Bulgaria, Hungary and Poland: from EUphoria to post-accession EUrealism?

IMG_1341Ten years ago, the political geography of Europe changed when ten countries mostly from Central and Eastern Europe joined the European Union. Then Bulgaria, Romania, and eventually Croatia followed, thereby creating the largest single market and the biggest area of freedom of movement in the world. However, after the initial EUphoria, the “new” members soon faced the reality of the stark discrepancy between them in their ability to keep up with the integration-stride of the “older” kids. The recent crisis in particular has not only left some newbies vulnerable in the economic department, but allowed populists and eurosceptics to dominate the domestic discourse on European affairs. Yavor Aleksiev, Economist at the Institute for Market Economic (Bulgaria), Csaba Tóth, Director of Strategy at the Republikon Institute (Hungary) and Błažej Lenkowski, President of Fundacja Industrial (Poland) discussed whether the biggest enlargement in EU history has meet the expectations of the new members and what the greatest challenges are for liberals with regards to the upcoming European Parliament elections.

IMG_1322Yavor Aleksiev deplored that Bulgaria is still EU’s poorest Member State: expectations of EU Membership have not been met as socio-economic indicators show almost no improvement. Despite a small increase in GDP per capita, people’s expectations of attaining the standard of living citizens of Austria or Germany enjoy have not been met. As a consequence, every time the EU regulates and sets a certain standard, that action has a large effect on Bulgaria, which is struggling to match those standards. While Bulgaria is trying to cope with regulations, it is triply burdened by brain drain and labor scarcity paired with unemployment. On a positive note, Aleksiev reported that a referendum on three domestic policy points scheduled on the day of the European Parliament elections is expected to increase voter turnout.

IMG_1330In Hungary, Csaba Tóth, outlined, the accession-phase was marked by Euphoria. Joining the EU was not merely an economic question, but gave Hungarians a sense of finally being accepted to a club to which they historically felt a strong sense of belonging. After accession, the political establishment continued to be pro-EU and there was no anti-EU party until 2010. However, the general public remained relatively disengaged with regards to European affairs. Even more alarming, according to Tóth, is that the current political climate can be characterized as one of polarization of attitudes and polarization of issues. Tóth gave the example of Prime Minister Orbán, who continuously blames the EU (allegedly in cahoots with multinational companies) for every evil even though he is part of the EU decision-making process himself. The main problem is not that euroscepticism is rising, although it is currently at 30%, but that the 36% of those in favor of the EU are split-up into several quarreling factions.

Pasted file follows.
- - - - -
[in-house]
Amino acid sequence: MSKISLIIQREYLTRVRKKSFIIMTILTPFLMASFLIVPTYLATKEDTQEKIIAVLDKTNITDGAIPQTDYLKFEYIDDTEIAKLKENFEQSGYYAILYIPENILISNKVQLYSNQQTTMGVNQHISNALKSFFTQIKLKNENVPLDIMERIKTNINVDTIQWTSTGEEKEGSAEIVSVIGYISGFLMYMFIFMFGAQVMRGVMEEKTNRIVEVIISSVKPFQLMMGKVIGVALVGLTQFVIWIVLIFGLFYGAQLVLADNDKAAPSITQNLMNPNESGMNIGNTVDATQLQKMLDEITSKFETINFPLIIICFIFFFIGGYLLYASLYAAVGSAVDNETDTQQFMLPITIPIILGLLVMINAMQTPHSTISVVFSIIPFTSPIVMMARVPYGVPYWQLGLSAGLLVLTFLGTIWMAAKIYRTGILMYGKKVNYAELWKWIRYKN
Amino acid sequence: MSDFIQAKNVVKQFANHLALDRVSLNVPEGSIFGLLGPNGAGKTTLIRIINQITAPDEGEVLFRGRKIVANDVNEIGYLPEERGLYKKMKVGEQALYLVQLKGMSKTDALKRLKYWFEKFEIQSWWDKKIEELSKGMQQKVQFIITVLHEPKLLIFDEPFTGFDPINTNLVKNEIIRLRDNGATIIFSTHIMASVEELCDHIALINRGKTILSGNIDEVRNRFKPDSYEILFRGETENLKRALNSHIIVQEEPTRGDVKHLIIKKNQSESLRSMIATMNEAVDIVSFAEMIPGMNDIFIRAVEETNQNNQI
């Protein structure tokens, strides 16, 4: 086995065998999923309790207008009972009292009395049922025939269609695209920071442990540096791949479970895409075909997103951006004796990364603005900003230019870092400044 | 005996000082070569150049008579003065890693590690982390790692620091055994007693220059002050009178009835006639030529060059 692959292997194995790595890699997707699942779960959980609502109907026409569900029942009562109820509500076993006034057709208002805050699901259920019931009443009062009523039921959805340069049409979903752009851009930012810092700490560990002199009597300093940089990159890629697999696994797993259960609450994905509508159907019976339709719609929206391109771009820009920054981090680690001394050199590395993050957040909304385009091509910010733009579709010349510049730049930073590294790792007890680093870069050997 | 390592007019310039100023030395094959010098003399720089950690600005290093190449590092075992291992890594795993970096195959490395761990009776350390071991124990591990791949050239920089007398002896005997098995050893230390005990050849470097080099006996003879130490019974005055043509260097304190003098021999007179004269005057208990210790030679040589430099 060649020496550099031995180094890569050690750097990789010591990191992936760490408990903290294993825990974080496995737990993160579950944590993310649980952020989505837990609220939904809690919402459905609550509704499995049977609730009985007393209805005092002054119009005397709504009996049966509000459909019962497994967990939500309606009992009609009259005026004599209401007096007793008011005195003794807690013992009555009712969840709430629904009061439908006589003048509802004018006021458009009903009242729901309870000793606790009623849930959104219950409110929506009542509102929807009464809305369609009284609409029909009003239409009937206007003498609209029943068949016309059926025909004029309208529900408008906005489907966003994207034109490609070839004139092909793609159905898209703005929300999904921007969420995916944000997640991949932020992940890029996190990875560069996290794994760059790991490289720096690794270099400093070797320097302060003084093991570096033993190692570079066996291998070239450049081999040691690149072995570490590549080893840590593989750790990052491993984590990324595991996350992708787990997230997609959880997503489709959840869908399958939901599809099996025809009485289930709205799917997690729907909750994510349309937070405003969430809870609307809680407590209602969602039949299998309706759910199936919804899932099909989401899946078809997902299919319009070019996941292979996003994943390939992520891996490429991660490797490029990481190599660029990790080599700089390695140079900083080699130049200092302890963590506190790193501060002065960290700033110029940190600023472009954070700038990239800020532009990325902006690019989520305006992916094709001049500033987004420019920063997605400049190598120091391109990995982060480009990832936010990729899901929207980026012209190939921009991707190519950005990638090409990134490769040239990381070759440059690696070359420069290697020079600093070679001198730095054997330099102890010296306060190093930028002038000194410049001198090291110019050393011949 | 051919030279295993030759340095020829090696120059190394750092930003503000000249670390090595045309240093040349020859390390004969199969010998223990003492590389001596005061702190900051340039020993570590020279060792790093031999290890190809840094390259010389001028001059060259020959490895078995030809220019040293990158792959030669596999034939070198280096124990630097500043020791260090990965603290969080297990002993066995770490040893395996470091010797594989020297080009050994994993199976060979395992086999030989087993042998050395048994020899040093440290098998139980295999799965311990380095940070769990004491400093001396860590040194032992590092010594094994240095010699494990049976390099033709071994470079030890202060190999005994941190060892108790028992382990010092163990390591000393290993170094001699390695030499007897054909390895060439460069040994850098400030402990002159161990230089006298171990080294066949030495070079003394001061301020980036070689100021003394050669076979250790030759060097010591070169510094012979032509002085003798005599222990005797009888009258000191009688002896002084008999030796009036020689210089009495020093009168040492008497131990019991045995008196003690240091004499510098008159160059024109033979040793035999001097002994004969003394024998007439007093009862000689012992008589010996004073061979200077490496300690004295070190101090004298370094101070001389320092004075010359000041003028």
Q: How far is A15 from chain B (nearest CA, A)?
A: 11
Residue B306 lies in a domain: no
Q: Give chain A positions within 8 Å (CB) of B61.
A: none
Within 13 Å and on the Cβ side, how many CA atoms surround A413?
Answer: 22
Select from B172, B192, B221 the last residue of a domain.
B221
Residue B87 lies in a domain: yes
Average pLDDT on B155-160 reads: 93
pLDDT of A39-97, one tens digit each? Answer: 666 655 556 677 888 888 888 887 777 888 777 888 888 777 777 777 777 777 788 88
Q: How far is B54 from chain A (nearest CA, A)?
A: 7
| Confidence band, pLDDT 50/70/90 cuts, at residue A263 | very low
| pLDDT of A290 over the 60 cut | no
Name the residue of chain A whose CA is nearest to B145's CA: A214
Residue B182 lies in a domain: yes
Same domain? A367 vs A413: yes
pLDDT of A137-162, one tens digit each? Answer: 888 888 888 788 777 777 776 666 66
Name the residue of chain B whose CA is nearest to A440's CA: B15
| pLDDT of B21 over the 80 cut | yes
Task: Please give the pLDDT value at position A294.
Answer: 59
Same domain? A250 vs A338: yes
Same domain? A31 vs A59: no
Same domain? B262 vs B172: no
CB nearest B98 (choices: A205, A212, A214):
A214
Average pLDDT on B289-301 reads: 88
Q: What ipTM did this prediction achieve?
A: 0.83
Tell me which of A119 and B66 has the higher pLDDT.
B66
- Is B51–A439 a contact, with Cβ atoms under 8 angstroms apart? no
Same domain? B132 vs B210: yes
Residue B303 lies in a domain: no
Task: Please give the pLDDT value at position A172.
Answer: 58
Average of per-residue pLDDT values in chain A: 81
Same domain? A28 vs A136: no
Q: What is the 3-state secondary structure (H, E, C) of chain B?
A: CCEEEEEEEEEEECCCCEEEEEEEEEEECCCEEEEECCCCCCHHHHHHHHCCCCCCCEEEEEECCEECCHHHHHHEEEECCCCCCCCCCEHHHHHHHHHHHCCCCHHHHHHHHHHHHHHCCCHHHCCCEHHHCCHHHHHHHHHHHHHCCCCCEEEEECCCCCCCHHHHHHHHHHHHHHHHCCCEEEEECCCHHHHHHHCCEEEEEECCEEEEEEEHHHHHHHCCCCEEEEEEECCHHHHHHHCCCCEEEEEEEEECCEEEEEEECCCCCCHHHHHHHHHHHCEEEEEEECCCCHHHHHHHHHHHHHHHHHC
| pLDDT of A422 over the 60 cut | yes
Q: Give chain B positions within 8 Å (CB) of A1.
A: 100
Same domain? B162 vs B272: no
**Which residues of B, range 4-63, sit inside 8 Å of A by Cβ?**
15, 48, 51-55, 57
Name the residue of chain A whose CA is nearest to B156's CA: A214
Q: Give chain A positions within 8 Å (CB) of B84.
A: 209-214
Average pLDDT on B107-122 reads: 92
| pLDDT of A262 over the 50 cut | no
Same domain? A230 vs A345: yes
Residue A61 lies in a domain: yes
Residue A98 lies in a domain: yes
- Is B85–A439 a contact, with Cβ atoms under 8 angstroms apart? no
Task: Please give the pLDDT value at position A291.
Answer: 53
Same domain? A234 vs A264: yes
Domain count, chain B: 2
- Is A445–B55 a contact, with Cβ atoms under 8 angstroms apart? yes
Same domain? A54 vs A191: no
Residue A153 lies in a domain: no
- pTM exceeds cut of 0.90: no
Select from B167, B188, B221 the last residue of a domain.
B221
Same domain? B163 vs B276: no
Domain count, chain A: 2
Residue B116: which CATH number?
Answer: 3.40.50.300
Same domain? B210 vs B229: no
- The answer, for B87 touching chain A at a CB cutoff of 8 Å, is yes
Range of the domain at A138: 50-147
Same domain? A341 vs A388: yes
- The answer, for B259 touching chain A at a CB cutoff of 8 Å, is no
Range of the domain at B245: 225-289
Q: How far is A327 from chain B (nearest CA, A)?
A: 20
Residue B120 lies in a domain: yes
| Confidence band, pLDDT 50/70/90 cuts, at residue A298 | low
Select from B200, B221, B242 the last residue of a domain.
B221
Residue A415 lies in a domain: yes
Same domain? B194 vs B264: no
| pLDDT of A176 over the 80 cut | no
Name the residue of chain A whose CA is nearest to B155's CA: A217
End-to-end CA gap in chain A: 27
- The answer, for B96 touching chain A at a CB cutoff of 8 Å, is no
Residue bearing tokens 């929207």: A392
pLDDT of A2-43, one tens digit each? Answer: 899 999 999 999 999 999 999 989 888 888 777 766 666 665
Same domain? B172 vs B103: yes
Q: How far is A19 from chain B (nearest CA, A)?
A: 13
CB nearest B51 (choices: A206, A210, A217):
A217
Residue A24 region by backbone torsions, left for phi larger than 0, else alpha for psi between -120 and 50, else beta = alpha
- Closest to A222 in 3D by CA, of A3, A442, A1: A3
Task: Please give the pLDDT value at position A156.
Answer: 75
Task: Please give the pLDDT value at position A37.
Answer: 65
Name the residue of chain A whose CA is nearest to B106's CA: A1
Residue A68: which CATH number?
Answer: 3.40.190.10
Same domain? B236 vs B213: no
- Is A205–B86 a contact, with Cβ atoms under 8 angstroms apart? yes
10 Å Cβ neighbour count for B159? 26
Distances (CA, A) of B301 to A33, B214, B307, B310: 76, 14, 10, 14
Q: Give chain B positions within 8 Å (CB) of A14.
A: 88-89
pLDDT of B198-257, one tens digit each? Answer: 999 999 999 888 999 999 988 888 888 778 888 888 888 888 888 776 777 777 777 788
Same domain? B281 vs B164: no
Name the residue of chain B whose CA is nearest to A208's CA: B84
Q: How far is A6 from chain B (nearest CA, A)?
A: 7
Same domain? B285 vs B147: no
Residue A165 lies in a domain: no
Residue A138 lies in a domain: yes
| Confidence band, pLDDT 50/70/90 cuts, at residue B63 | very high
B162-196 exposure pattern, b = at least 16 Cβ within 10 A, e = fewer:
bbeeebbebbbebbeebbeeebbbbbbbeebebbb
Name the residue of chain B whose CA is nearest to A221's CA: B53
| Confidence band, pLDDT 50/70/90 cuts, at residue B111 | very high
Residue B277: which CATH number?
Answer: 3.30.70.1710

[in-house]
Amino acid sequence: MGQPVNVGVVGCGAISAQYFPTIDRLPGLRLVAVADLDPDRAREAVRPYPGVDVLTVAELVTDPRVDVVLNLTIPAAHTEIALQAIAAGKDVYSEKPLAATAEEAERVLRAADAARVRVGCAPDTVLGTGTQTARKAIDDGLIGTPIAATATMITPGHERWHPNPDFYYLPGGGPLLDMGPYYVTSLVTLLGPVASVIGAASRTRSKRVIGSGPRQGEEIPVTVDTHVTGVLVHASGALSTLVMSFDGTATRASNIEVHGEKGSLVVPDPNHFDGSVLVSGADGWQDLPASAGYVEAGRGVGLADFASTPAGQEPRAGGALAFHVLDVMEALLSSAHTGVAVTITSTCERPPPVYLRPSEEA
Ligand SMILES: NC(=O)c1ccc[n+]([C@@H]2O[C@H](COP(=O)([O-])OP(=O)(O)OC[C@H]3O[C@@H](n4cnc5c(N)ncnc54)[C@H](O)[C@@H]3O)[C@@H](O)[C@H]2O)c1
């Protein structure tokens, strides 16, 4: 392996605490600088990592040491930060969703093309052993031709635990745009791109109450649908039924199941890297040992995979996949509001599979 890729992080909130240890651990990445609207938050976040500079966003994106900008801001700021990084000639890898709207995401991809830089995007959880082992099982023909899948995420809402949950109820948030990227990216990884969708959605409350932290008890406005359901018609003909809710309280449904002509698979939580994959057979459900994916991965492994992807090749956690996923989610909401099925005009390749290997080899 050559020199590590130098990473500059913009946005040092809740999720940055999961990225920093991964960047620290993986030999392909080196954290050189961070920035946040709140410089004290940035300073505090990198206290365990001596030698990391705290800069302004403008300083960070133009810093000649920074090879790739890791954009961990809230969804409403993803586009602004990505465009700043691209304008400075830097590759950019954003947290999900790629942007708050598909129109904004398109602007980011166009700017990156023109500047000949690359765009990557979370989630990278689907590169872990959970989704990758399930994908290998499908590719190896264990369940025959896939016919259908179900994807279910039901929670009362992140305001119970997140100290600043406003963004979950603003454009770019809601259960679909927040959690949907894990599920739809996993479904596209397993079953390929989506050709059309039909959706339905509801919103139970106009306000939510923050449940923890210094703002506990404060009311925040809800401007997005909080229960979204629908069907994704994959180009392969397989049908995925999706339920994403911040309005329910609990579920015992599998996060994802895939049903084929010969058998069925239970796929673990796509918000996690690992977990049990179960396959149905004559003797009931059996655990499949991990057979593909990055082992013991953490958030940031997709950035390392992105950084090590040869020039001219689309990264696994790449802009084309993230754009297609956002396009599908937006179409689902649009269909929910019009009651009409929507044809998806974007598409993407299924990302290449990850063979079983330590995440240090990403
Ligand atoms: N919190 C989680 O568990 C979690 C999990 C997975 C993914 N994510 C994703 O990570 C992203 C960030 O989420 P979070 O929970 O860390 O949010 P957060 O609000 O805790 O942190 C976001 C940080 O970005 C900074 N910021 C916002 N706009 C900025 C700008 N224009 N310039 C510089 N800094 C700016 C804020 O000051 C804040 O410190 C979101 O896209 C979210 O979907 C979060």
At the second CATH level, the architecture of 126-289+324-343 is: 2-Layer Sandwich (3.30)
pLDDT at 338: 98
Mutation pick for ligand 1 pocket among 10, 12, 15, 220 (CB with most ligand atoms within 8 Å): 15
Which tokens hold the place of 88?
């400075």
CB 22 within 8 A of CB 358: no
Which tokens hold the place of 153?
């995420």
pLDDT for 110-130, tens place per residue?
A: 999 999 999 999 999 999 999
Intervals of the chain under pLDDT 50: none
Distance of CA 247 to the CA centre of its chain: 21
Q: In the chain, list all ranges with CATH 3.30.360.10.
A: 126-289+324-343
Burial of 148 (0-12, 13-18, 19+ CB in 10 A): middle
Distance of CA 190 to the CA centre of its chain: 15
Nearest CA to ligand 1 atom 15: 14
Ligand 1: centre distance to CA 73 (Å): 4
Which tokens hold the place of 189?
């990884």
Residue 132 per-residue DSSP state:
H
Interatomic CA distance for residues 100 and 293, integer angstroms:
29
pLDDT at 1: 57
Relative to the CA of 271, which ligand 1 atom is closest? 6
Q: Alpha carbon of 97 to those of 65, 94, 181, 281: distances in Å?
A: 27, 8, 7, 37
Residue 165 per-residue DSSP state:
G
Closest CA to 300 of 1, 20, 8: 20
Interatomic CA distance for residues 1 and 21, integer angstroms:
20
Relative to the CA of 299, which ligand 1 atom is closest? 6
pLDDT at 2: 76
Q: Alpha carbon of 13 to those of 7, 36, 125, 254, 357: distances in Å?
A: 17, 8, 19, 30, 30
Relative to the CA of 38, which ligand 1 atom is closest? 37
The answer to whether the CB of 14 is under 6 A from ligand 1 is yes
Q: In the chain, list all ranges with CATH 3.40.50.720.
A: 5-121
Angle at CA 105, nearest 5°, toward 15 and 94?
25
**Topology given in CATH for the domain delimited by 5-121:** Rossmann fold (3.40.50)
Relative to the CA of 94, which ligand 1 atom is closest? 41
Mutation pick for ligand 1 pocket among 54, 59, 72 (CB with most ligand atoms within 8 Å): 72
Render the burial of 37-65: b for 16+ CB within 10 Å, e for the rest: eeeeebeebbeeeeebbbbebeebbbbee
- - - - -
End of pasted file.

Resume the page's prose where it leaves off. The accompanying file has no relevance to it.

Ten years ago things looked much brighter in Poland, too. Błažej Lenkowski reports that the last decade has seen a rare period of growth and reform in Poland’s long history. EU Membership and the single market facilitated Poland’s access to markets of fellow member states, resulting in an 18,5% increase in exports between 2007 and 2012. However, Euphoria began to dwindle over joining the Eurozone, because no additional increase of exports was to be expected. Today, the majority of the Polish public is weary of the Euro and they fear that Poland will be left out as the EU steamrolls towards new integration projects.IMG_1342

Juxtaposing the increasingly populist rhetoric that has emerged during the crisis with the benefits accession has brought, such as access to energy grids, modernization of transportation infrastructure, being an EU citizen is deeply rooted in the self-image of the people of Bulgaria, Poland and Hungary prove the 2013 Eurobarometer survey. When asked whether EU membership has benefitted their countries, 51% of Bulgarians, 78% of Poles and 47% of Hungarians firmly agree – and have steadily done so throughout the eurocrisis.

Regardless, it is up to the liberal parties to give people a new, refreshed, positive outlook for the European project and to develop a new message to change the easy yet unconstructive criticisms into constructive discourse.

Susan Schneider

Fotos: FNF Europe